A significant portion of the land encompassed by the Border Kingdoms is shrouded in forest, and nomads from the Shaar have long been gathering herbs and hunting for food and water in these regions. In recent years, however, some woodland-oriented adventurers visiting the Border Kingdoms have begun to settle the fringes of these forests. The Shaarans consider the Duskwood and the Querth Forest part of their traditional lands and do not look happily upon the encroachment of druids, rangers, and reclusive sorcerers in those areas. The more adventurers who settle there, the more volatile the situation becomes, and a number of major skirmishes have occurred in recent years.
This long stretch of forest runs from the north side of the Shaar past the north end of the Landrise and behind the Firesteap Mountains, extending all the way to the coast of the Vilhon Reach. Though much of this woodland is beyond the area known as the Shining South, the southern end of it flanks the Old Road, a trade route that connects Ghondath with many locales throughout the Shaar. At the very southern tip of the grasslands, the Old Road and the Road of Dust merge at Hardcastle.
The denizens of the Ghondalwood actively discourage outsiders from entering its deep, dark interior. In addition to the usual dangerous animals - such as snakes, spiders, tigers, and so forth - the forest houses numerous dangerous plants and plant creatures. Various fungi and mushrooms, as well as mistletoe and other parasitic plants, are prominent along the forest floor. Shambling mounds, tendriculoses, assassin vines, and other evil vegetable creatures also sprout here from time to time. But the true menaces to foreigners traveling these woods are the satyrs, centaurs, wild elves, and feral ghostwise halflings. In addition, rumors that a sizable contingent of giants has settled here have been drifting through the nearby towns of late.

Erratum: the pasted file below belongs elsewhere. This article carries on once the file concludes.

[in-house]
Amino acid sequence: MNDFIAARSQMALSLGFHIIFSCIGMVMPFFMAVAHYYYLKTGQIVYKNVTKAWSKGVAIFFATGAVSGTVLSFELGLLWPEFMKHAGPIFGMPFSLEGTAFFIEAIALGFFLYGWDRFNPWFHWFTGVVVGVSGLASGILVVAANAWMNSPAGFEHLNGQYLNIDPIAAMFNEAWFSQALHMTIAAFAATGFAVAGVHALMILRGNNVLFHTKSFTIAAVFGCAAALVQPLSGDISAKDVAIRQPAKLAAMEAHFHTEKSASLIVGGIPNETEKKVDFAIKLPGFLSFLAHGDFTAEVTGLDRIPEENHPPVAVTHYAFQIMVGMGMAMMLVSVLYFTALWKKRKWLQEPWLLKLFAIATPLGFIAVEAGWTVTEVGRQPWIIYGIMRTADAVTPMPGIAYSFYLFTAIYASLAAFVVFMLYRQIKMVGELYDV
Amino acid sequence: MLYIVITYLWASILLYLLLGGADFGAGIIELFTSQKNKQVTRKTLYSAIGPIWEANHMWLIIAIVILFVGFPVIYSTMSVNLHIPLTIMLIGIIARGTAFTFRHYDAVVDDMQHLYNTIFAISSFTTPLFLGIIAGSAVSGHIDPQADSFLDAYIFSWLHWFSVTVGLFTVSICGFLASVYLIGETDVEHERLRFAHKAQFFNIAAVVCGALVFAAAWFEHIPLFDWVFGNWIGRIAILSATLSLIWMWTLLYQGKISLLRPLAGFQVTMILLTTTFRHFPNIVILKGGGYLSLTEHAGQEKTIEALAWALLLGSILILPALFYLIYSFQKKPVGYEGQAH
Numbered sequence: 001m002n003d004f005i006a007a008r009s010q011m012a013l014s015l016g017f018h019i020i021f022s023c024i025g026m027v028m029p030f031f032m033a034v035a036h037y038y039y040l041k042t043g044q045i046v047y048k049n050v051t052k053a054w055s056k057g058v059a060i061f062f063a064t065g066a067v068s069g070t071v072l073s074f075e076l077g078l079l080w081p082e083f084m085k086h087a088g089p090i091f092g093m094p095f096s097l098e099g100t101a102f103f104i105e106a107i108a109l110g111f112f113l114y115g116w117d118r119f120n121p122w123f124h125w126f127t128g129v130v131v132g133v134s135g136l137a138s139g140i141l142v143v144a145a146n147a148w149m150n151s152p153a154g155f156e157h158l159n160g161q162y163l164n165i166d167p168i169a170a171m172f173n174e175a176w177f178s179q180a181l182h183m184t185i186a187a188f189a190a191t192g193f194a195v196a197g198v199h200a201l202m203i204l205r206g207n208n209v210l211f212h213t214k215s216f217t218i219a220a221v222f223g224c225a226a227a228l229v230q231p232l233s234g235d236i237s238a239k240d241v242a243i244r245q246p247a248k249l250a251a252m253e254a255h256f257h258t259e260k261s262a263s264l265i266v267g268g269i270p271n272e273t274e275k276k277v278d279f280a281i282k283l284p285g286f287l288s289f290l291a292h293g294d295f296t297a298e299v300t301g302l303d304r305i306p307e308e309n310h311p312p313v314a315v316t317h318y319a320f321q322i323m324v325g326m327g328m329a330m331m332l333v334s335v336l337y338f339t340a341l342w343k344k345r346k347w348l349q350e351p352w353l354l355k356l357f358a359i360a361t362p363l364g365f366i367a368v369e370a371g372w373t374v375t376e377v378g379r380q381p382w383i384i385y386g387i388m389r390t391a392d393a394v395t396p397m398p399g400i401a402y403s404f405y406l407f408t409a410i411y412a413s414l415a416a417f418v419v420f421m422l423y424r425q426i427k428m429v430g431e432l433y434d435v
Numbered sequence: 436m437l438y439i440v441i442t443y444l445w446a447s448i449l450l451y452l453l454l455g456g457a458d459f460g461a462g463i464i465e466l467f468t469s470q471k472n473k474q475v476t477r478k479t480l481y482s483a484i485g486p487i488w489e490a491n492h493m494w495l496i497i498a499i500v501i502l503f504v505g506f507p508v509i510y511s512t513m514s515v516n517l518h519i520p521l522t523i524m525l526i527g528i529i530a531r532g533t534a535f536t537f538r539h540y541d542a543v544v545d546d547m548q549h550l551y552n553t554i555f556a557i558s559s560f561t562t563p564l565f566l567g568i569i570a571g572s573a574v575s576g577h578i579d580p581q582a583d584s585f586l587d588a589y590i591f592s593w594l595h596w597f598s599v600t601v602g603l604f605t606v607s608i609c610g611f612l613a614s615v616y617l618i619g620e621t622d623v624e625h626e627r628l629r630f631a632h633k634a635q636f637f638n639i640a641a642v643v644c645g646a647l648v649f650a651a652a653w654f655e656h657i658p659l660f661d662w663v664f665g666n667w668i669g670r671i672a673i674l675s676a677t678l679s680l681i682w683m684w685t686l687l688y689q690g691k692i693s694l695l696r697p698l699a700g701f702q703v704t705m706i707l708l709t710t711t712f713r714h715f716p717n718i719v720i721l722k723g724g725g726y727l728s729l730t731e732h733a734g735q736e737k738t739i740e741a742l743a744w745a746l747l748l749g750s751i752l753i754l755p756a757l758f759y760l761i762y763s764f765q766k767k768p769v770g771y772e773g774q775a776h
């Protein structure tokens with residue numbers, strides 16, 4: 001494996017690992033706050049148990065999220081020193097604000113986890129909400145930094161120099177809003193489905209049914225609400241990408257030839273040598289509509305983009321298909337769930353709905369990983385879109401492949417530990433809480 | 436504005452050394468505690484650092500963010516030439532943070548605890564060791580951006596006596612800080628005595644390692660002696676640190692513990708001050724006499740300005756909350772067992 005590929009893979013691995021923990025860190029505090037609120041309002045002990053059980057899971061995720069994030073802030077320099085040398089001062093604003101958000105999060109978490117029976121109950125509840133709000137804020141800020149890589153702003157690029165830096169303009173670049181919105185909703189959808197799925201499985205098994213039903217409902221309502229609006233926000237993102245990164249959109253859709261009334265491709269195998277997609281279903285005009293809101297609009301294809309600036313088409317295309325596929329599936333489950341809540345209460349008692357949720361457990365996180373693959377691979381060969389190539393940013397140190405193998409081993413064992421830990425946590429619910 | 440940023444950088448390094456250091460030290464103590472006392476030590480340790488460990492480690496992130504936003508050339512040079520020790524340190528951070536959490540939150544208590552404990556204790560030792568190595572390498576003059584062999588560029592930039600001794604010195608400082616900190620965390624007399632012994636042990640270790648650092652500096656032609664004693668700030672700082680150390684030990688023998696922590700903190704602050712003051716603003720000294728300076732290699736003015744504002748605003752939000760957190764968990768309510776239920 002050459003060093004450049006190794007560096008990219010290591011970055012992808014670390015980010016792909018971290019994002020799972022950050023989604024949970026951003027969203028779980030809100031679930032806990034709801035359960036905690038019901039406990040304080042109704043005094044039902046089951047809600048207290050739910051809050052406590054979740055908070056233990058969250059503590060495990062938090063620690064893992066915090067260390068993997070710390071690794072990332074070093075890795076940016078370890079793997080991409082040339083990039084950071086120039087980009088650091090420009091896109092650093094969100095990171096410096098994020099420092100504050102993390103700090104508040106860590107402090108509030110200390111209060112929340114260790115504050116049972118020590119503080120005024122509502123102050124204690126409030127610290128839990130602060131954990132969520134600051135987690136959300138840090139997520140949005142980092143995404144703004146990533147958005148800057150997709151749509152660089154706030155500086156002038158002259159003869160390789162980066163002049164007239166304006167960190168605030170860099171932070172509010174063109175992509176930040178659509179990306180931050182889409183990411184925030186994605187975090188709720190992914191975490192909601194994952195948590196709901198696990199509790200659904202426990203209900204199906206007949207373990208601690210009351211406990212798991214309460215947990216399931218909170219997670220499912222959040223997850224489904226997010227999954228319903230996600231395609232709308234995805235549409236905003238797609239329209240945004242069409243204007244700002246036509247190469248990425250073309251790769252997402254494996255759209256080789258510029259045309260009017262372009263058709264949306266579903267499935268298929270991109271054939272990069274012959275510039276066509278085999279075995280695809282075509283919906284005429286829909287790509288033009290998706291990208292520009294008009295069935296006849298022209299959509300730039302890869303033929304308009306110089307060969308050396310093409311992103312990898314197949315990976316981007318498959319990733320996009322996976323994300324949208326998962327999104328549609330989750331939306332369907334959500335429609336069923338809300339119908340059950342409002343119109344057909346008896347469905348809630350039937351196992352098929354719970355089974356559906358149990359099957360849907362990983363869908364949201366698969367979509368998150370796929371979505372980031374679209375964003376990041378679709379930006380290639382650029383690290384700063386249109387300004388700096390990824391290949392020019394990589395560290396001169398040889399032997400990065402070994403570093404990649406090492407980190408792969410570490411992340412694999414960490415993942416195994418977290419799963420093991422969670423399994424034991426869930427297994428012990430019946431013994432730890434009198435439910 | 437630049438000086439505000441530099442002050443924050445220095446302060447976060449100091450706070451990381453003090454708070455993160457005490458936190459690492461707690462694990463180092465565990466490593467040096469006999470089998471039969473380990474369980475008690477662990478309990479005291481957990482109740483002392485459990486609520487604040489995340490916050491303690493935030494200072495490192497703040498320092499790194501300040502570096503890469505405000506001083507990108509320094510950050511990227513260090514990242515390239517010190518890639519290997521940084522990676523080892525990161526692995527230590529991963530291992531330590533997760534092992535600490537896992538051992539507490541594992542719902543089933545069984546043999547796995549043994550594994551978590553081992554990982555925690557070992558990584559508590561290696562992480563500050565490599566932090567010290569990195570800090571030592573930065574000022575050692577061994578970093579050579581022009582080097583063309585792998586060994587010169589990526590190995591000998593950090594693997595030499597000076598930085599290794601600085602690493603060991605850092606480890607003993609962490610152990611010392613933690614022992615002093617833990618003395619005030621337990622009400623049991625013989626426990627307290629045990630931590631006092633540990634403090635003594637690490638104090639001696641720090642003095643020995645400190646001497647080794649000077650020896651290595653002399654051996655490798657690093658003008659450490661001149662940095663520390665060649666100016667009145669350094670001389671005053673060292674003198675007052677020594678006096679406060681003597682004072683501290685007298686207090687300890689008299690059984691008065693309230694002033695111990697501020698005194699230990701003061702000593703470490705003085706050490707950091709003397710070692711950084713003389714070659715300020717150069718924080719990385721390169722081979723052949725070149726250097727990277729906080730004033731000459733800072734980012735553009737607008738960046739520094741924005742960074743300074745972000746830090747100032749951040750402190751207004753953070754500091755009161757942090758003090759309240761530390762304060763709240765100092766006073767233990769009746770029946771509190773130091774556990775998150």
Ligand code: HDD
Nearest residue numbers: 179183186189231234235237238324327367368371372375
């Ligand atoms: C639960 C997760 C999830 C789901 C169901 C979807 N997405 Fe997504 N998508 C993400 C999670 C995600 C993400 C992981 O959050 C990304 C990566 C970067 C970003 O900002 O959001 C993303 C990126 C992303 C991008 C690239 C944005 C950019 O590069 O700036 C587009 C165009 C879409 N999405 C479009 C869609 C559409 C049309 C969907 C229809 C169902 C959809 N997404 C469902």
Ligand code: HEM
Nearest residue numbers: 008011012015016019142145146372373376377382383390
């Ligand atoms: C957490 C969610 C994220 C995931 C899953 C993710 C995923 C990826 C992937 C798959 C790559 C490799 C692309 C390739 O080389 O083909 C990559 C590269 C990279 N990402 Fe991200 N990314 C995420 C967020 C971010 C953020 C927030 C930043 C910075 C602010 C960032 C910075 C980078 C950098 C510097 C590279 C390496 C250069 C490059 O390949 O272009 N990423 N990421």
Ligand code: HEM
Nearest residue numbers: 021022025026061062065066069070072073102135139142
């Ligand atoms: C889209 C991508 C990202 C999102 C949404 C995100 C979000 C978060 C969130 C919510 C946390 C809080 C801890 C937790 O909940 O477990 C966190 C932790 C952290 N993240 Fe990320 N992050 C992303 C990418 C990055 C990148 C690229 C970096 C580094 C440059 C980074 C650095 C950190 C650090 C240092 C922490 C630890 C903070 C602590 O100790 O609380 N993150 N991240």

The druids who live in the Chondalwood jointly watch over the woodland and keep it healthy. Their enclave, which is even more secretive and aloof than most such groups, has assembled various kinds of creatures into patrols and instructed them to watch for and be wary of any groups other than trade caravans that pass along the Old Road. When evidence of adventurers or loggers comes to light, the creatures begin a campaign of terror against the encroachment, making menacing sounds and displaying strange lights in hopes of scaring off intruders before they set foot beneath the forest canopy. When that doesn't work, the creatures do not hesitate to take more aggressive action.
The legend of an ancient elf city hidden deep inside the Chondalwood has been told around campfires for centuries. The stories vary as to exactly where the city is, but most versions have a few common threads. The elves lived openly in the forest for several millennia - in a number of tree-cities. They traded with the humans who were settling along the forest's fringes at first, but when logging began in earnest, the elves tried to stop it. After a terrible defeat against a united force of humans, the remaining elves retreated deep into the middle of the forest, supposedly to the hidden city of Ruthien-Than. Some say that this city was abandoned during the Elven Retreat, while others claim it never existed in the first place. No one has been able to find any evidence of this ancient city so far, though many have looked.